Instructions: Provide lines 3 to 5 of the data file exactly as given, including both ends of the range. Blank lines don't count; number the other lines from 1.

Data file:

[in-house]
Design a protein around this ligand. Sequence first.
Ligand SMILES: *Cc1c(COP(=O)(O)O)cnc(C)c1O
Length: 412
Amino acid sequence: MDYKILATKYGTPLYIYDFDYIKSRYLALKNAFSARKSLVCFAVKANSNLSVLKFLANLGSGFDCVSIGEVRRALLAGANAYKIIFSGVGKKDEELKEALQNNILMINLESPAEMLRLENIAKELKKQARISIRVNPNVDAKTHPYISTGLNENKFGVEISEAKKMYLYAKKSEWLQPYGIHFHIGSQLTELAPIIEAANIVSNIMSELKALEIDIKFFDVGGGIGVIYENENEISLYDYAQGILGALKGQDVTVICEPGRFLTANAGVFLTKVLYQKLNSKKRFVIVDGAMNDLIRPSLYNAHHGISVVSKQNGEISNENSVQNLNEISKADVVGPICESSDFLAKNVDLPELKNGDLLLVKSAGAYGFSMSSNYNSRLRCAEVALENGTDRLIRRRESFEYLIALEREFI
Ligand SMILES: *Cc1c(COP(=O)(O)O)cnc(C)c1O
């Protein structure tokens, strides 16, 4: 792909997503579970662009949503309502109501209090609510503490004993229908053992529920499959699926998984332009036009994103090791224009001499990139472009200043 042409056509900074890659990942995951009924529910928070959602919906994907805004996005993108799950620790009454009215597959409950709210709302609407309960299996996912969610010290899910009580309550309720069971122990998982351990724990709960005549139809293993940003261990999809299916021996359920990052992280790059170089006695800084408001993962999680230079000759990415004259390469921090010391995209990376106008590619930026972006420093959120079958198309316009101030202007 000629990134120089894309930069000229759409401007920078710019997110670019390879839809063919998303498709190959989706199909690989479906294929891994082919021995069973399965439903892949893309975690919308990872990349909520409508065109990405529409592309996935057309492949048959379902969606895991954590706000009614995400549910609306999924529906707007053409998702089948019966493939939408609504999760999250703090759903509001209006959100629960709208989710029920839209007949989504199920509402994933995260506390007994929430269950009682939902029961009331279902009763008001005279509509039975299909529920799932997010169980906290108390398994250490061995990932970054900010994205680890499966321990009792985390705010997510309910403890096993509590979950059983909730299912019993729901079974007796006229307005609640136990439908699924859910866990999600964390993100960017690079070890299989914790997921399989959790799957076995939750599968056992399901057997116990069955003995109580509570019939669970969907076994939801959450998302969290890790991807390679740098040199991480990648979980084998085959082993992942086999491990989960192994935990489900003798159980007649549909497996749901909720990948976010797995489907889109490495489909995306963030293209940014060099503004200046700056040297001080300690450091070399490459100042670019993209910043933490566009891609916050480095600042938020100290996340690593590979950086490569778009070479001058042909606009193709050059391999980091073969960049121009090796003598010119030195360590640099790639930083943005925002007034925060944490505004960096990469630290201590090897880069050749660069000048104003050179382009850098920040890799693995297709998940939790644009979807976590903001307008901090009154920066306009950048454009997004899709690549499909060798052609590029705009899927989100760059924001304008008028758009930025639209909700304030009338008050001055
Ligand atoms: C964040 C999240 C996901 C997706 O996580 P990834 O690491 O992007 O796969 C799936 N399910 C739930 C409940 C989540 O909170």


Ligand SMILES: *Cc1c(COP(=O)(O)O)cnc(C)c1O
Length: 412
Amino acid sequence: MDYKILATKYGTPLYIYDFDYIKSRYLALKNAFSARKSLVCFAVKANSNLSVLKFLANLGSGFDCVSIGEVRRALLAGANAYKIIFSGVGKKDEELKEALQNNILMINLESPAEMLRLENIAKELKKQARISIRVNPNVDAKTHPYISTGLNENKFGVEISEAKKMYLYAKKSEWLQPYGIHFHIGSQLTELAPIIEAANIVSNIMSELKALEIDIKFFDVGGGIGVIYENENEISLYDYAQGILGALKGQDVTVICEPGRFLTANAGVFLTKVLYQKLNSKKRFVIVDGAMNDLIRPSLYNAHHGISVVSKQNGEISNENSVQNLNEISKADVVGPICESSDFLAKNVDLPELKNGDLLLVKSAGAYGFSMSSNYNSRLRCAEVALENGTDRLIRRRESFEYLIALEREFI